raw ingredients seemed too often to have been needlessly ruined. One theory is that there are so many producers of mid-priced St-Emilion that they feel the need to do something – anything – to make their wines stand out from the crowd. Whatever the reasons, 2005 was characterised by the vast difference in tannin quality between those that refreshed the palate and those that deadened it with a rasp of sandpaper. As Pierre Lurton of Ch Cheval Blanc, the most sumptuous, and completely unforced, St-Emilion of all put it, “you could build a chalet out of some of these wines”.
The yields paradox Because France in general and Bordeaux in particular has such a glut of basic wine, not least after the generous 2004 harvest, official maximum yields were trimmed to very modest levels just before the 2005 harvest. This was fine for the top properties which can afford to tend and thin every vine individually in order to ripen even the late-ripening Cabernet Sauvignon fully and opulently. But the layers of cash-strapped producers beneath this level, particularly those making Médoc and basic Bordeaux, cannot afford such luxury and too often were forced into harvesting sometimes underripe Cabernet which had to be ‘bled’ (the less concentrated juice run off) down to the permitted yield to such an extent that the resulting wine was too often completely unbalanced. And these were the producers most likely to lack the equipment needed to avoid stuck fermentations and brett. While the heat of 2003 helped to ripen Cabernet in even the less glamorous areas of the left bank, many producers really struggled in the dry but much cooler 2005 vintage.
Commune by commune The most consistently satisfying appellations are the Ps: Pauillac, Pessac-Léognan and Pomerol. But St-Julien is as usual very respectable indeed, Margaux and Listrac notably riper than usual with some stars, especially in Margaux, and St-Estèphe is home to the battle of the giants – massively tannic wines in the main. The vast appellation of St-Emilion is all over the place but with some lovely wines, while you can hardly go wrong with Sauternes. For the reasons outlined above, Haut-Médoc, Médoc and Moulis wines should be chosen with particular care.
The best red wines in brief Wonderful concentration, alcohol, tannin, purity of flavour. Should provide great drinking both young and old. I gave a record number of wines more than 18 points out of 20 (see below) and appreciated how unusually eloquently they expressed their origins.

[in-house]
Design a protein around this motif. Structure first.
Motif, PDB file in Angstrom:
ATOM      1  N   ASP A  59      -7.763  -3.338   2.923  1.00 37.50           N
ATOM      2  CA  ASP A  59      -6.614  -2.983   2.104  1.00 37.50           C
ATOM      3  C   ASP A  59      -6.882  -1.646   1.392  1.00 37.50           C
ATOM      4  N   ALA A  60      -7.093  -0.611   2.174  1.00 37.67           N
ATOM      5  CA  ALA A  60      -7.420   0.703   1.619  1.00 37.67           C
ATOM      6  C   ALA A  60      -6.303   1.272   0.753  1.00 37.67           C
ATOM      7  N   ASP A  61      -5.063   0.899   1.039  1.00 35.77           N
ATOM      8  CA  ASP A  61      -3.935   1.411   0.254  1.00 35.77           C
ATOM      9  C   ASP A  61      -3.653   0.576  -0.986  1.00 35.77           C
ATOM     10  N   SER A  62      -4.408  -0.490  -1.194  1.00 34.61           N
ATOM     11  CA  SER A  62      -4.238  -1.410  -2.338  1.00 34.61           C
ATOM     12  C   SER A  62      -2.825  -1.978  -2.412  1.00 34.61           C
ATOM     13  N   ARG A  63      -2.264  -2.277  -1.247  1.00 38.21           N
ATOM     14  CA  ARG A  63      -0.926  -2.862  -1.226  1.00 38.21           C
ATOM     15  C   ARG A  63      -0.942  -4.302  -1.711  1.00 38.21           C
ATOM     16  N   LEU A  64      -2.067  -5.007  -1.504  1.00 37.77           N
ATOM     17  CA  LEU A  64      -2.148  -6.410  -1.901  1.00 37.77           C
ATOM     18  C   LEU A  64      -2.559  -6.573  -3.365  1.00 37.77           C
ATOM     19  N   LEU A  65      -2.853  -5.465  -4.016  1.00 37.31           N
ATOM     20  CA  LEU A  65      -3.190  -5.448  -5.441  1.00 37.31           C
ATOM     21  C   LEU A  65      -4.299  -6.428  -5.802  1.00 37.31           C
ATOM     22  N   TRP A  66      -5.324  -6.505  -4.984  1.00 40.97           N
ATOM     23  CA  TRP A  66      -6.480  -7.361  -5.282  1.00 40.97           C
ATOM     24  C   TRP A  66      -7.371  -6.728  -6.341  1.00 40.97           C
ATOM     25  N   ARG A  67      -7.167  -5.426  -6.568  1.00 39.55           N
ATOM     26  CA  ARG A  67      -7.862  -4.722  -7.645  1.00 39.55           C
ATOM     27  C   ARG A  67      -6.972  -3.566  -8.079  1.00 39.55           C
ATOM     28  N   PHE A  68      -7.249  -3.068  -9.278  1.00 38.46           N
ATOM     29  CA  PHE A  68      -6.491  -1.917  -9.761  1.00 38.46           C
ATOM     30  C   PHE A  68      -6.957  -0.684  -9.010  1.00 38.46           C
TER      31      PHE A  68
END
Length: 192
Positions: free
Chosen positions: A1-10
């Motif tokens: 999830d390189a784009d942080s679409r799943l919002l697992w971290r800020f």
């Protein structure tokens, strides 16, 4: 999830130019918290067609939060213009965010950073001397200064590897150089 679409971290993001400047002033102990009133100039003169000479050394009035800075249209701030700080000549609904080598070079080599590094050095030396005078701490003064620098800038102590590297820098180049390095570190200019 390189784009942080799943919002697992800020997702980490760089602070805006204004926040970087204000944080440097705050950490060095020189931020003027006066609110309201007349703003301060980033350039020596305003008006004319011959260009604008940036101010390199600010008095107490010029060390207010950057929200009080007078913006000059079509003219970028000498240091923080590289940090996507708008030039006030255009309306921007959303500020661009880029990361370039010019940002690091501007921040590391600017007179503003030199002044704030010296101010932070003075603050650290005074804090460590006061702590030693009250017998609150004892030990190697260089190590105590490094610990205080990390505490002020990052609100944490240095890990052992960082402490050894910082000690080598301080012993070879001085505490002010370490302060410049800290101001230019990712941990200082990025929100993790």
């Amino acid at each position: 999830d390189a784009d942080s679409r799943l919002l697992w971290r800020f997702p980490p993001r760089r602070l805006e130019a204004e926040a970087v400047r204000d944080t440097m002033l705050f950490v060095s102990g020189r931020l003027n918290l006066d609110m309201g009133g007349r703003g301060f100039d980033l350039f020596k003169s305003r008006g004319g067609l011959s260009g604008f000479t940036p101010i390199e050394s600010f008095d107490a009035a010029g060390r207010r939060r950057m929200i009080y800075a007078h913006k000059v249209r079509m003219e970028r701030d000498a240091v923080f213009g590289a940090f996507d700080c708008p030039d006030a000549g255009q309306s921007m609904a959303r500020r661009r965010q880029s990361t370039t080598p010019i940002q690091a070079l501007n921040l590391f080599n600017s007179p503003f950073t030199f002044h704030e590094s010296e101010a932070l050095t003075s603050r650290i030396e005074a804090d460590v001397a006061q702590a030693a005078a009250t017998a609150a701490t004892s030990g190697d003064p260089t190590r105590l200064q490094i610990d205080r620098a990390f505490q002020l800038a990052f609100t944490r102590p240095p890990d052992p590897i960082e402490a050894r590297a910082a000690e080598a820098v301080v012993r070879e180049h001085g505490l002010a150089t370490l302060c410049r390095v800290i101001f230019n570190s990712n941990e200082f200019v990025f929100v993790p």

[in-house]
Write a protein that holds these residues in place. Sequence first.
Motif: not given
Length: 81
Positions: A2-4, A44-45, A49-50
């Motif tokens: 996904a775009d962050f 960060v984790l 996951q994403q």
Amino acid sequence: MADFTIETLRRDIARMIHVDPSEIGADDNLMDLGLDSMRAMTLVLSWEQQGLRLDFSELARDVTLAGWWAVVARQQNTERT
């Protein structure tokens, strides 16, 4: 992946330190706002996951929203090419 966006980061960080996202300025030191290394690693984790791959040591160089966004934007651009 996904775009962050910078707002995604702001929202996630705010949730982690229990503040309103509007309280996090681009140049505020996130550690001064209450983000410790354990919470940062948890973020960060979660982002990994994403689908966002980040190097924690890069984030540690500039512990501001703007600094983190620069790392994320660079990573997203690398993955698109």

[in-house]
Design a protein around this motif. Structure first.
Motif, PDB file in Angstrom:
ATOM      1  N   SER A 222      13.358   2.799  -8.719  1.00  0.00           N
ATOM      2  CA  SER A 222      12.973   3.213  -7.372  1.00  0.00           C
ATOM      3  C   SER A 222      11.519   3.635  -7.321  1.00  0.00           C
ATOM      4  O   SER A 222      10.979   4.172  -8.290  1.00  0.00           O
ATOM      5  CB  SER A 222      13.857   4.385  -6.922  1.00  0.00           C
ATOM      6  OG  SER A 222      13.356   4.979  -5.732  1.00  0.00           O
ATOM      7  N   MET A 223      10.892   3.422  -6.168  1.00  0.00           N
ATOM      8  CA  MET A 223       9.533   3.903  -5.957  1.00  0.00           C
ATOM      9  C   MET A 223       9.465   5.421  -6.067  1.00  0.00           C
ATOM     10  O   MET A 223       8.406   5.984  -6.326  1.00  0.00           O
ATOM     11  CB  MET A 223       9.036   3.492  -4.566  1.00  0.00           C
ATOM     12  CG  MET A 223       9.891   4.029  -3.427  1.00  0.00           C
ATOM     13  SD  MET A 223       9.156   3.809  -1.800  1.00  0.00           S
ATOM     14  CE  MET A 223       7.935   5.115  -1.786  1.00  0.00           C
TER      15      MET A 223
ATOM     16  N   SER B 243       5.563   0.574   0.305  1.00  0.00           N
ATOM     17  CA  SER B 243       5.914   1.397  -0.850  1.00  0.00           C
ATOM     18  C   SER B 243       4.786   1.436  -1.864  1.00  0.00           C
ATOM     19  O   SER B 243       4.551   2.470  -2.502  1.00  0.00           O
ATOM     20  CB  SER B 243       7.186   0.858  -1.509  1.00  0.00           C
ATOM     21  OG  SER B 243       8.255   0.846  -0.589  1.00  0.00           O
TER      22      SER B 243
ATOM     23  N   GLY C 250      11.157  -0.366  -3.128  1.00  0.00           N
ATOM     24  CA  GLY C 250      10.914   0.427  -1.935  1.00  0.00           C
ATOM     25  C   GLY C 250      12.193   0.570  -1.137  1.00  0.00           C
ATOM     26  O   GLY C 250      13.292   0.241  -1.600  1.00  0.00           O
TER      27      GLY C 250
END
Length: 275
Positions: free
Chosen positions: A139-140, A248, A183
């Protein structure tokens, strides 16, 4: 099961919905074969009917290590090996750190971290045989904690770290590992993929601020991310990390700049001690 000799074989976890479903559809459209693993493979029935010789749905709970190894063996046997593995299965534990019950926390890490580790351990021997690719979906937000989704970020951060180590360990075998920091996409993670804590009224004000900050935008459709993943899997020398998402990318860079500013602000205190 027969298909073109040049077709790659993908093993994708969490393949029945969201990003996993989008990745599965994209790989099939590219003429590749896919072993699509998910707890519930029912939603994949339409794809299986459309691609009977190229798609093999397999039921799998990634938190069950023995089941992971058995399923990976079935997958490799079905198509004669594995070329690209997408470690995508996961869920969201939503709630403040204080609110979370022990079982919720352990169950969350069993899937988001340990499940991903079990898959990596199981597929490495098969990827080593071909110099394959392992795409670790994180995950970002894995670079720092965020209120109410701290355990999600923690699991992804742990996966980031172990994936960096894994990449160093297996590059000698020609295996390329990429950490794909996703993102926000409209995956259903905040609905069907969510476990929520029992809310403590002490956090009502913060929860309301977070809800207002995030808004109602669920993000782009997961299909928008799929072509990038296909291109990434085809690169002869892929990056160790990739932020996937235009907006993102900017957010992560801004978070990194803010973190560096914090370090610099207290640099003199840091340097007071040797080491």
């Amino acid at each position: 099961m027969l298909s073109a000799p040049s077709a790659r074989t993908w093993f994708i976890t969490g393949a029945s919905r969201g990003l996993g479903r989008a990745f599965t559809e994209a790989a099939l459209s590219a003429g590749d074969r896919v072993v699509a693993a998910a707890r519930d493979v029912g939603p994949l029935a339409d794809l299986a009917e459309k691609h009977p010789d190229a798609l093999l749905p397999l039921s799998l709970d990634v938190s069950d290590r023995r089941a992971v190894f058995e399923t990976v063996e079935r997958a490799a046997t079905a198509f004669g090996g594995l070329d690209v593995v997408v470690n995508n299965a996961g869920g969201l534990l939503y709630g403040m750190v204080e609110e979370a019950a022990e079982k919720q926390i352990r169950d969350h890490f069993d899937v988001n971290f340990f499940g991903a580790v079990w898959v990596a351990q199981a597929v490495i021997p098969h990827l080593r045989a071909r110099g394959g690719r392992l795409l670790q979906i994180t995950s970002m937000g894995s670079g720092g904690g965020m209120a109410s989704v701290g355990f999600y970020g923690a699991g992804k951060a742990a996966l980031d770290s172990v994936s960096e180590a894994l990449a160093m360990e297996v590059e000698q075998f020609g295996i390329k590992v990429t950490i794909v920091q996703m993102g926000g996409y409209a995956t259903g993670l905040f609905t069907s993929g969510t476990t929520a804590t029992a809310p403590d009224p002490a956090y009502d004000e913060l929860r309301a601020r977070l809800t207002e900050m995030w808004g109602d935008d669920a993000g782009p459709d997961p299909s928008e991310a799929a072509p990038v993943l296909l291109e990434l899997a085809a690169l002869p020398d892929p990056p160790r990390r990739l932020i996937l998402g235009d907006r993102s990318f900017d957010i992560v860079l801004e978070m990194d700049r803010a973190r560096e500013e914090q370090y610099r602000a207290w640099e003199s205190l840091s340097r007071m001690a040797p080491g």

Prices Most amusing, yes – talking of extraction. This year will surely, alas, be a record-beater. The international wine trade is raring to go. The plane back to London from Bordeaux after the primeurs tasting was 90 per cent wine merchant-loaded, and could have been propelled by sales intent rather than aviation fuel. There will be a very nasty scrap for allocations of the top wines to merchants, and the potentially even nastier business of allocating them to the most faithful, or perhaps most affluent, customers.
There will also be no shortage of retailers claiming that all 2005s are simply stunning and that all you need to do is buy into their cellar plan and let them do the work.
As I write, it is still too early to know enough about prices to give exact buying advice, but I have suggested some possible great buys – for drinkers rather than investors. Investors will just have to climb into that bullpit and wrestle for their first-tranche trickle.
The Bordelais are organising Le Weekend des Grands Amateurs, a chance for wine consumers to taste 2005s and other vintages in Bordeaux on May 6/7. More details from www.ugcb.net/commerce/wga/index.html or +33 05 56 51 91 91.
Greatest wines Cheval Blanc, Haut-Brion, Lafite Rothschild, Latour, Margaux, La Mission Haut-Brion, Vieux Château Certan, Yquem
Almost as great
Reds: Ausone, Les Carruades de Ch Lafite, Clinet, Cos d’Estournel, Ducru Beaucaillou, L’Eglise Clinet, L’Evangile, Lafleur, La Fleur Pétrus, Langoa Barton, Léoville Las Cases, Montrose, Mouton Rothschild, Petrus, Le Pin, Tertre Roteboeuf, La Tour Haut-Brion, Trotanoy, Valandraud
Whites: Climens, Coutet, Doisy Daëne, Haut-Brion, Laville Haut-Brion, Raymond Lafon, Rayne Vigneau, Rieussec, Suduiraut, La Tour Blanche.
Bahans Haut Brion, Bourgneuf Vayron, Branaire Ducru, Chapelle de La Mission, Clos Badon Thunevin, La Dominique, Duhart Milon, Feytit Clinet, Grand Puy Ducasse, Issan, Lynch Moussas, Prieuré Lichine, Roc de Cambes, Talbot
See purple pages for detailed tasting notes on more than 600 2005 bordeaux.